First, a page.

Romanian Brass Music

Have you ever heard Romanian music for brass? The musicians are sometimes called “Lautarii,” meaning they belong to a class of traditional musicians–often a professional clan of Romani musicians (Gypsies). The bands are sometimes called “taraf.” These groups are not to be confused with peasant musicians.

These Romanian brass bands are completely different than what you’ve ever heard. It really has its roots in an ancient Ottoman Empire brass tradition that never really left the hidden valleys of Romania. It’s kind of like jazz in the sense that it is improvised, but it has its own “rules” that are very different than jazz. In fact it has an almost Hindu “raga” approach and sound. But frenetic.

Here’s Fanfare Ciocarlia playing the jazz standard “Caravan” in their own inimitable style:

This type of band plays for weddings and funerals, where wedding guests dance pretty much constantly for the wedding reception. They dance fast and they don’t stop. Sometimes the weddings last 15 hours. On the first day. And then they keep on playing and dancing the second day!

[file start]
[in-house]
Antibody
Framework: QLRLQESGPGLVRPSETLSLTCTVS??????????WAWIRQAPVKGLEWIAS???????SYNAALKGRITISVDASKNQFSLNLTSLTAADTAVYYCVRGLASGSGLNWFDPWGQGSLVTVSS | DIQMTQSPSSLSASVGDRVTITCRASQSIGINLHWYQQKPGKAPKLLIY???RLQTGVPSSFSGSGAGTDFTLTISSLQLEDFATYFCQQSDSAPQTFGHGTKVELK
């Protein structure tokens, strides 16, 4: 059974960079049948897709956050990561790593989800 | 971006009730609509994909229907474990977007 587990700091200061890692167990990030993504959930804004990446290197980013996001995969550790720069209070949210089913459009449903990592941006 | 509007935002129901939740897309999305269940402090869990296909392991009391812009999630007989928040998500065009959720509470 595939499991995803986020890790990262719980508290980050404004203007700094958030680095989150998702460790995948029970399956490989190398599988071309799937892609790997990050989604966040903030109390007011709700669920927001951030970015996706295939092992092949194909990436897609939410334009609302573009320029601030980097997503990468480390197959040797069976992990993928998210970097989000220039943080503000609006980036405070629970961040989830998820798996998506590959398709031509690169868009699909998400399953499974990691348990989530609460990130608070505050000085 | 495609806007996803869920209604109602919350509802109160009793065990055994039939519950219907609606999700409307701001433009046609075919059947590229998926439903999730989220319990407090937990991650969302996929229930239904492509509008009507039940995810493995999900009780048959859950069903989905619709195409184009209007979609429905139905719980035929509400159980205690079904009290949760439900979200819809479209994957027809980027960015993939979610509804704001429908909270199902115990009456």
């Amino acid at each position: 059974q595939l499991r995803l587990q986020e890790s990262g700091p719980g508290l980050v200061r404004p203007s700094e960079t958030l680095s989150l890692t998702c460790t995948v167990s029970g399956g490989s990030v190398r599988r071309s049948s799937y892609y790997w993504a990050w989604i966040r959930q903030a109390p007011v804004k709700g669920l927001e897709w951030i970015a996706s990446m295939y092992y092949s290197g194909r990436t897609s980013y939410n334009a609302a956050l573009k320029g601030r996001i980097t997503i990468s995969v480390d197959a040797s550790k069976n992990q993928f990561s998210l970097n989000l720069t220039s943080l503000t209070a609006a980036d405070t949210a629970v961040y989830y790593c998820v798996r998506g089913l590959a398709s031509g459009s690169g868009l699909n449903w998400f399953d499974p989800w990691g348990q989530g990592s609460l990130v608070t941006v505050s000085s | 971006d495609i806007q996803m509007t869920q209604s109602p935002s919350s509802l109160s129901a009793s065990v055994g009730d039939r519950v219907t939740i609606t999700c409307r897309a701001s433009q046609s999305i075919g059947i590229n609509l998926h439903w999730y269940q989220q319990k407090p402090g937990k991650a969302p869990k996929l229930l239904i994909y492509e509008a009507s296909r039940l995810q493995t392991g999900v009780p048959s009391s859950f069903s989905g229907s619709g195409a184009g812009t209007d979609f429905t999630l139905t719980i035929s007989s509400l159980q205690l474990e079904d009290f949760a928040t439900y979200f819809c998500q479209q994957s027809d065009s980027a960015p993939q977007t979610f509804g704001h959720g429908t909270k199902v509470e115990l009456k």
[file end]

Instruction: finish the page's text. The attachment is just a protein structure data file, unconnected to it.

Check out THIS energy!

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Or this:

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Here is the Mahala Rai Banda:

 

By the way, Georges Enesco had many Lautari friends and loved their music. Most trumpet players will know Enesco’s very famous “Legende” which was first published in Merri Fanquin’s trumpet method book in 1907.

The most famous Romanian band is  called Fanfare Ciocarlia, which translates from Romani as “Song of the Lark.”

Historical Migration Routes of the Romani

Historical Migration Routes of the Romani

 

A possible reason the music sounds a little Indian is that the Romani people were nomads who have their origins in northern India.

 

 

 

 

 

Here’s “Asfalt Tango” by Fanfare Ciocarlia:

And my favorite amazing trumpet technique and articulation in this clip (not to mention the clarinet)!

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